TransCanada declined to comment on the letter and the NEB didn’t immediately respond to a request for comment. Charest has been out of the country and could not be reached for comment, but he has denied doing any lobbying on behalf of TransCanada.
The panelists also met privately with other intervenors, registered to participate in the hearings, including the Board of Trade of Metropolitan Montreal - a business lobby group that favours the project, and Équiterre - a Quebec-based environmental group that is opposed to Energy East.
The participants discussed TransCanada’s project at each of the meetings which is a violation of NEB rules that require it to review projects in public, keeping a full record of discussions, using a fair and transparent process, the letter said.
Under Canadian law, the NEB has all of the powers of a federal court and it is required to avoid any appearance of bias or conflicts of interest.
The letter said that the NEB’s chairman and chief executive officer, Peter Watson, and Mercier, the vice-chairwoman, must both step aside from any tasks associated with Energy East during the course of an investigation since they both participated in the controversial meetings.
The letter also said that a new panel must be named that would then conduct hearings into what occurred in the meetings. The Quebec groups believe that all participants, including Jean Charest, Watson and Mercier, to testify and be subject to cross-examination.
“Such an inquiry and special hearings would allow a future panel to identify just how much the Board’s integrity has been compromised, while also identifying other employees or people who were took part in this… and then to identify measures to ensure that hearings can proceed in a manner that respects the rule of law,” said Neuman's letter.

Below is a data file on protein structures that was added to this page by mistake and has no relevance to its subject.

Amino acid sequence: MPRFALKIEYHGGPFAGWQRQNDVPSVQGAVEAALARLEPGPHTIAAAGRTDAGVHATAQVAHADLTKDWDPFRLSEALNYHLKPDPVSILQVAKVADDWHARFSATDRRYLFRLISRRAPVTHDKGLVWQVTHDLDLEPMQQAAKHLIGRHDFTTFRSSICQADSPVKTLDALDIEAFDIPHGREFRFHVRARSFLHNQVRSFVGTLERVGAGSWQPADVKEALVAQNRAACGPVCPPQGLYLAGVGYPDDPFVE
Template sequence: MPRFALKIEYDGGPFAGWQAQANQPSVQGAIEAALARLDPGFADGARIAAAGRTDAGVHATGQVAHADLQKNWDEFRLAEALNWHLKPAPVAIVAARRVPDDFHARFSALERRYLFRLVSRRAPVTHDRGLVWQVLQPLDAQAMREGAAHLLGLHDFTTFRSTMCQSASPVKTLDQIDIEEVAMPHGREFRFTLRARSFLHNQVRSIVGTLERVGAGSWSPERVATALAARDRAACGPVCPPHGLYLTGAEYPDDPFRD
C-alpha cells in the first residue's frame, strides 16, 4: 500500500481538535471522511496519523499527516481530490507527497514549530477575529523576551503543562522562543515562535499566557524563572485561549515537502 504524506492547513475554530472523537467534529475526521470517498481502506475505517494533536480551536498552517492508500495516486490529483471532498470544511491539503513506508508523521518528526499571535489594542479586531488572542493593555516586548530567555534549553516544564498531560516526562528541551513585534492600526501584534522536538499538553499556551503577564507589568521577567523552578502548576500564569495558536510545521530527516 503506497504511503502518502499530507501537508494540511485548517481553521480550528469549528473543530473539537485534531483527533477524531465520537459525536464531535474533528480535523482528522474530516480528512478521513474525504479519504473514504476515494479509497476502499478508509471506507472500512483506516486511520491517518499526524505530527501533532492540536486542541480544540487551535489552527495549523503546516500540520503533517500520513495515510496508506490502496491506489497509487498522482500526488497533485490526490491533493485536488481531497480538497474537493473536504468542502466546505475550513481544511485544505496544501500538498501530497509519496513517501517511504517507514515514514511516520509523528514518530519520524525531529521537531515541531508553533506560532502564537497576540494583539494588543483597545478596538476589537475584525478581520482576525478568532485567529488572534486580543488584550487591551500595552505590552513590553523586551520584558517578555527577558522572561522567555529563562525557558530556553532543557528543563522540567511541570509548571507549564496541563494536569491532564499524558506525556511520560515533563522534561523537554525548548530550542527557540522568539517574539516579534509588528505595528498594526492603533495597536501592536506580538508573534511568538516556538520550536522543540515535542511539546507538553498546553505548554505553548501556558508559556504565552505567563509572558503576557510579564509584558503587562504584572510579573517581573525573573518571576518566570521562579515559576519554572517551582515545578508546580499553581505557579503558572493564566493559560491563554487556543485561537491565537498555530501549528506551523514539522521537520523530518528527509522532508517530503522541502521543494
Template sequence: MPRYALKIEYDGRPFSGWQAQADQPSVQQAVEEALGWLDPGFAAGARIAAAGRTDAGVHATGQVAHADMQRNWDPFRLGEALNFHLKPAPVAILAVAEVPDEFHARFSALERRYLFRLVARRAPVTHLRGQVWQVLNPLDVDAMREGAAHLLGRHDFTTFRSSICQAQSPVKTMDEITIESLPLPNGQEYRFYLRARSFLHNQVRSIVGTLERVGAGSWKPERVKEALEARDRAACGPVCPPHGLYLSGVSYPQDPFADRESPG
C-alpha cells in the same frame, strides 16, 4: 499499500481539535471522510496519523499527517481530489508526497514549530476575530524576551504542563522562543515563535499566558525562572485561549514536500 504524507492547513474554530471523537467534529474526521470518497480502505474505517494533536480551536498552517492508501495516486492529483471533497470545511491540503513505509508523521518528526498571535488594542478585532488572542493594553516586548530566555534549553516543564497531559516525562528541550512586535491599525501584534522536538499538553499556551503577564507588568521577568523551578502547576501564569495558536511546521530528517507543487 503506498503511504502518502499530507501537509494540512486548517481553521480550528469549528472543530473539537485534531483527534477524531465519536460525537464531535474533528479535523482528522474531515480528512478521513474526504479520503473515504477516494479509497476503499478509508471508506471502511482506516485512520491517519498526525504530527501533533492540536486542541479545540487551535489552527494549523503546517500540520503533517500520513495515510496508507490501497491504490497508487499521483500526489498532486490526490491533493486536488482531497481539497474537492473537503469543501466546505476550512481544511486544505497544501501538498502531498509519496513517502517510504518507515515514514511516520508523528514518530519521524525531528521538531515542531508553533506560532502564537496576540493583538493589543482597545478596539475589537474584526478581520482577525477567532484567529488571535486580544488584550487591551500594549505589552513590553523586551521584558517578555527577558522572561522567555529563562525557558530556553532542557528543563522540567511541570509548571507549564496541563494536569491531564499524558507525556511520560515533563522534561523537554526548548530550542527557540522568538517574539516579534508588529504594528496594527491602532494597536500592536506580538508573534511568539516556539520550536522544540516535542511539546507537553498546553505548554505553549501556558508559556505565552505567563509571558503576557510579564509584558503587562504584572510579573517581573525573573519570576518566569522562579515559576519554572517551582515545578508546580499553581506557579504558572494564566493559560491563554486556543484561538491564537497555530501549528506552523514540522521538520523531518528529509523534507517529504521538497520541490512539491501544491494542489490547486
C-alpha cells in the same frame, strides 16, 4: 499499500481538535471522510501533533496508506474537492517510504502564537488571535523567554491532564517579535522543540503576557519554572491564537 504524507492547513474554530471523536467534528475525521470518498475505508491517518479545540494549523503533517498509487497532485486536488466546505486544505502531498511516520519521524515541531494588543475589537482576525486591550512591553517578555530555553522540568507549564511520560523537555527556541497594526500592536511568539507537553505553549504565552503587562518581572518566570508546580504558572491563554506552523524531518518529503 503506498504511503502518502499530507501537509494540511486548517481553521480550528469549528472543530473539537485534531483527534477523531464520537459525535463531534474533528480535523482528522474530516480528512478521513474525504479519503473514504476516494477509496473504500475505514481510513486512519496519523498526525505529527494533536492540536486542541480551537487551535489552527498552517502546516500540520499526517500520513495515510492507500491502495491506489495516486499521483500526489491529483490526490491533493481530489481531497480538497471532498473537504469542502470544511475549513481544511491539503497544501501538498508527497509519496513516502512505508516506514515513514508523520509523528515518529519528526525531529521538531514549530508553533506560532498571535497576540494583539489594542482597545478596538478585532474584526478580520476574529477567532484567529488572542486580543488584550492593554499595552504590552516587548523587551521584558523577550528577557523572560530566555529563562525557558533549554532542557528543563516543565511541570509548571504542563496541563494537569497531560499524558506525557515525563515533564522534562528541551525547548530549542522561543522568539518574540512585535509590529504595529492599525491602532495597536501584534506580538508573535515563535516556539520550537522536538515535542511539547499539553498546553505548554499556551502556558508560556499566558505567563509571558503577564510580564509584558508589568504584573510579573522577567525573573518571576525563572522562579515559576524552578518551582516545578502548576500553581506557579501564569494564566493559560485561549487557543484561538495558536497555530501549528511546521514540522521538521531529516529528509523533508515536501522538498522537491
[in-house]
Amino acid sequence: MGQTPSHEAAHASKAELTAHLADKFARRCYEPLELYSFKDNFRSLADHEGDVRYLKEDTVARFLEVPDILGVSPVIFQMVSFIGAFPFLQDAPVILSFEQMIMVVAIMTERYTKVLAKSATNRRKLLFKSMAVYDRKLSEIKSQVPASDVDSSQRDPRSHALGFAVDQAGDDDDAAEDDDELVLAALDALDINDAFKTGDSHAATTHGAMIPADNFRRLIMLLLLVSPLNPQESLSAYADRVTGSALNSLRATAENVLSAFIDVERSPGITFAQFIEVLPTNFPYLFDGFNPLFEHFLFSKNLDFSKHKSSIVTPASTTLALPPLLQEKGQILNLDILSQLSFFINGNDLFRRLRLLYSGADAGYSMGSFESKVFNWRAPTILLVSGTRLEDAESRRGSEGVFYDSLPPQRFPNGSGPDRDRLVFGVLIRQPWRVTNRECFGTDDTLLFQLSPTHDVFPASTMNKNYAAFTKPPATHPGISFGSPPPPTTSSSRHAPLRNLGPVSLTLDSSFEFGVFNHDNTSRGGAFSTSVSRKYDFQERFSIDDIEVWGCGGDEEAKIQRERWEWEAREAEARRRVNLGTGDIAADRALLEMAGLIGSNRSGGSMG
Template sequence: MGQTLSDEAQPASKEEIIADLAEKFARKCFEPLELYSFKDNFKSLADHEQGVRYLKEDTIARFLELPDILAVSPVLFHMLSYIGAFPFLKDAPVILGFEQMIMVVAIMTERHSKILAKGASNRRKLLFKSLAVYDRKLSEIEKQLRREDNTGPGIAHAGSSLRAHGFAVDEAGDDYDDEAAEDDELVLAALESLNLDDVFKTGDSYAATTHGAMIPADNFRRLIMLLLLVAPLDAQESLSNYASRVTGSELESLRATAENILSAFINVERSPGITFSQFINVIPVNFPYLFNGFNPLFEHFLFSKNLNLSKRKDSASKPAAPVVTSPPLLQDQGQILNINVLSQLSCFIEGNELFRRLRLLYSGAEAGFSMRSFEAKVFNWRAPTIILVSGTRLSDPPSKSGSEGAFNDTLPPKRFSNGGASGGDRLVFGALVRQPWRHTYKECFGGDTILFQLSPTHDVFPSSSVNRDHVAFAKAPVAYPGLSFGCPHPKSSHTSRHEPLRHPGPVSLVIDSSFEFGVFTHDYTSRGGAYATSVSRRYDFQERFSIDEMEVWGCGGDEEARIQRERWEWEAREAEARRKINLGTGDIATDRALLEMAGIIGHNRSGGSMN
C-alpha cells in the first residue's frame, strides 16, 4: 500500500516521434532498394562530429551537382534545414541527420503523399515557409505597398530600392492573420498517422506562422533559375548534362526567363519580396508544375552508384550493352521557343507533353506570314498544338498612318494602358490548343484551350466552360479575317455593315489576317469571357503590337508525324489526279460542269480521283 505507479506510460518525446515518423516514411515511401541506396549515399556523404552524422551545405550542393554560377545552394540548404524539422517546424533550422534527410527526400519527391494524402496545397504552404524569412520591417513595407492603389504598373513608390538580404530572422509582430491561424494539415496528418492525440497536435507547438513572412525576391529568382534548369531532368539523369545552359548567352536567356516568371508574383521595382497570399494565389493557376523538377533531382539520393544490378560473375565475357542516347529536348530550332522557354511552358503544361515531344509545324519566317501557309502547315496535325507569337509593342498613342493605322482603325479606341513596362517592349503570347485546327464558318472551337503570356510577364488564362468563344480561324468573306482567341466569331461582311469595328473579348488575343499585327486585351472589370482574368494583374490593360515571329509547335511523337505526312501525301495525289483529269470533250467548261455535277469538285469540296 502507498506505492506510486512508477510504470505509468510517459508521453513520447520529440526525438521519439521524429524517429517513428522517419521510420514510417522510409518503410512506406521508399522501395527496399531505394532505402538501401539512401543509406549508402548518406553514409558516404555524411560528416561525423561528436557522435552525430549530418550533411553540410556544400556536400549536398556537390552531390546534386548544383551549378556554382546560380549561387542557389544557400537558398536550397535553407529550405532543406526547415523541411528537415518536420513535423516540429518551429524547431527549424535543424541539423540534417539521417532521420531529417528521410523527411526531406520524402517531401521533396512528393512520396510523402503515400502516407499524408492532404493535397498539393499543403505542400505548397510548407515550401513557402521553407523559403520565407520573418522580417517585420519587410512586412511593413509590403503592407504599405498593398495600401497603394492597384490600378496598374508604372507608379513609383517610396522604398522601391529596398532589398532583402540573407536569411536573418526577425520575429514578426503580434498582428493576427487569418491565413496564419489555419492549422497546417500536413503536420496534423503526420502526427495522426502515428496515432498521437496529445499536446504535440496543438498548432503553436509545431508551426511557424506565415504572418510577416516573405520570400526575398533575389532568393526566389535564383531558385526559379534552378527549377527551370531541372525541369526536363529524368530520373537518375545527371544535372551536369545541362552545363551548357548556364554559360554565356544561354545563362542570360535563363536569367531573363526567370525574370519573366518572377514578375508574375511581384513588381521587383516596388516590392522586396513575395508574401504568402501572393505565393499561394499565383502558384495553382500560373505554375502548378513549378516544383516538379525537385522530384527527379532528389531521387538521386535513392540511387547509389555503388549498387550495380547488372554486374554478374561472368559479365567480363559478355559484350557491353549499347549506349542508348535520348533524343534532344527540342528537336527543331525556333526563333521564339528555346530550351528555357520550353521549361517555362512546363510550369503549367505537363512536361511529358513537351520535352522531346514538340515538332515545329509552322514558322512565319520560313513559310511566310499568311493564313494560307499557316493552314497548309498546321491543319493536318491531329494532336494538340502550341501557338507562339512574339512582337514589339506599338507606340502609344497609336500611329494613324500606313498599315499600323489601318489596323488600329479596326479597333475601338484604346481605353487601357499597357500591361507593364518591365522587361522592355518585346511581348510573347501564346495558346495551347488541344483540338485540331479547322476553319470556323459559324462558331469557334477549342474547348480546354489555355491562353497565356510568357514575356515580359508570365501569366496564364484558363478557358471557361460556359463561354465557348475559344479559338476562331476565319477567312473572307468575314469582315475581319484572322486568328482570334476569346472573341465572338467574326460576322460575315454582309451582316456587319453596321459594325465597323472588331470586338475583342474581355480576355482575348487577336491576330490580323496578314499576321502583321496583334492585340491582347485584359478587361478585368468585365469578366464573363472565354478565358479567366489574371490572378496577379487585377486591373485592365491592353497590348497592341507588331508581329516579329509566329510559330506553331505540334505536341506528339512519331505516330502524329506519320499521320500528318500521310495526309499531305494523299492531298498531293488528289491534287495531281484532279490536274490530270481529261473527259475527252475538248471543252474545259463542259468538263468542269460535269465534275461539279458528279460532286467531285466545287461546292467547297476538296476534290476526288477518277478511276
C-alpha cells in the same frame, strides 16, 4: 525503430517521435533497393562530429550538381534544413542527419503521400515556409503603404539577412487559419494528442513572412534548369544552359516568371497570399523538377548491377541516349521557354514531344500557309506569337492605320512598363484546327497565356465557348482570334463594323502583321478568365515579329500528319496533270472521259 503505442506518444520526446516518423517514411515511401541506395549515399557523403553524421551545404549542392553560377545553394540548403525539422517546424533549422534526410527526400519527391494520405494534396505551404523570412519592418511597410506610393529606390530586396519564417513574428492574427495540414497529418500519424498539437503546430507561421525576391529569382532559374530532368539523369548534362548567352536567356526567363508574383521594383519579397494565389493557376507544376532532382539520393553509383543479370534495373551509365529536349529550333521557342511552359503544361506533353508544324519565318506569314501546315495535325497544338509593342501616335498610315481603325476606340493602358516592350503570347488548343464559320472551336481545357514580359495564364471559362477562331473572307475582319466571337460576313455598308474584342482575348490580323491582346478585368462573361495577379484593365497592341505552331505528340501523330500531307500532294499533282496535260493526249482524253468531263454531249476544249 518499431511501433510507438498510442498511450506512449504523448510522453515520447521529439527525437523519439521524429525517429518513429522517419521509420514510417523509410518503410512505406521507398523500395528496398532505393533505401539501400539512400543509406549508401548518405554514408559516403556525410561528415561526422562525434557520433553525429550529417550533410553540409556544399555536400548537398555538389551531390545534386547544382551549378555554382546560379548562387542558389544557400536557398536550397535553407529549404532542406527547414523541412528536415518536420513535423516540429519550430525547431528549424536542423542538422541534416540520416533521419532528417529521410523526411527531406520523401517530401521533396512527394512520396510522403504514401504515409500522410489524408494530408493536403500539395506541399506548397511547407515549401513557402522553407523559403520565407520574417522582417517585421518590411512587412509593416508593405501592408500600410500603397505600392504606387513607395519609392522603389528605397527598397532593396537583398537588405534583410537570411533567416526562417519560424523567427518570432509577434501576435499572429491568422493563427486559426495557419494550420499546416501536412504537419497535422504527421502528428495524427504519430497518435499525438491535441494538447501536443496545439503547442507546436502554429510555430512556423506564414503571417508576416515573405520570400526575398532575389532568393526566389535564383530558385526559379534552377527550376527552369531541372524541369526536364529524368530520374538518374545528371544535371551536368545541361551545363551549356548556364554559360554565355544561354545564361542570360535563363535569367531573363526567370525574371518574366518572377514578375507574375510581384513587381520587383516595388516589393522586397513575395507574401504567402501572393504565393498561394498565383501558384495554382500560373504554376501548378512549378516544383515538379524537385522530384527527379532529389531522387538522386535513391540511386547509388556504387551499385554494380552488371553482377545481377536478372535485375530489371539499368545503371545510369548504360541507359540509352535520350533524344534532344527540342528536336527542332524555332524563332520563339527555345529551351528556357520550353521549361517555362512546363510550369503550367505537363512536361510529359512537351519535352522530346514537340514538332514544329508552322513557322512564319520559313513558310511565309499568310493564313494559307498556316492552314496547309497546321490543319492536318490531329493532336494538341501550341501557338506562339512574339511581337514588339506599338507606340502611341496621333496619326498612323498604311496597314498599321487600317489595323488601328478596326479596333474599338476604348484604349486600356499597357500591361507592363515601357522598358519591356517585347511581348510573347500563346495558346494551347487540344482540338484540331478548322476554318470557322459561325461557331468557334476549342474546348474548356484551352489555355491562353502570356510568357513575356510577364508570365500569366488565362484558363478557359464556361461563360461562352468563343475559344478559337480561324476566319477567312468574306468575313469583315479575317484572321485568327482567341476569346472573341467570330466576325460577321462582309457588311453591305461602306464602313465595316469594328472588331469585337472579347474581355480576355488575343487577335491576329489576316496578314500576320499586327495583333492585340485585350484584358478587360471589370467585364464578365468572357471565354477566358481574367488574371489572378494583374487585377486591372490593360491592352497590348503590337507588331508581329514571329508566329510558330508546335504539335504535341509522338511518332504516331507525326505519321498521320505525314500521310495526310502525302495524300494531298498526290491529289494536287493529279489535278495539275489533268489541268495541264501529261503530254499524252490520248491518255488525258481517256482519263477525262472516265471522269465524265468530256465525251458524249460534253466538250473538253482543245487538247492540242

The presiding member of the Energy East panel, Roland George, didn’t participate in the meetings, but the letter also called for him to temporarily step down unless he could prove that he wasn’t aware of the meetings, or had actively opposed them. They noted that this is especially important given that George had committed to a “fair and transparent process” that would uphold the NEB’s standards” in a note posted on the regulator’s website.
The letter also noted that all employees of the Board have a responsibility and duty to abstain from participating in any activities that could discredit the NEB or affect its obligations to be independent and impartial.
The letter also said that senior officials at the NEB also had a responsibility to ensure that its employees and representatives were following the rules and that all must be recused from continuing to deal with this file, pending the investigation.
Belisle said his group would give the NEB 48 hours to respond to the letter, promising other action was in the works to address concerns about the fairness of the review.
Here's a summary of the seven demands made in the lawyer's letter sent to the NEB on Thursday:
- Recusal of the NEB's Energy East panel members Lyne Mercier and Jacques Gauthier for knowingly participating in private meetings to discuss the pipeline project under review.
- Recusal of the NEB's Energy East panel's presiding member Roland George, unless he was unaware or actively protesting the private meetings.
- Immediate replacement of NEB chairman and CEO Peter Watson and vice-chairwoman Lyne Mercier, for any roles or duties at the Board that relate to the Energy East review.
- Suspension of Energy East hearings until a new panel is appointed.
- Removal of any employees involved in the meetings, along with their supervisors, from any duties related to the Energy East review over a failure to enforce and respect NEB's code of conduct.
- Immediate release of all the NEB's documents and information related to the meetings.
- Demand that the future panel hold an inquiry and special hearings that would require all people involved in these meetings to testify and be subject to cross-examination.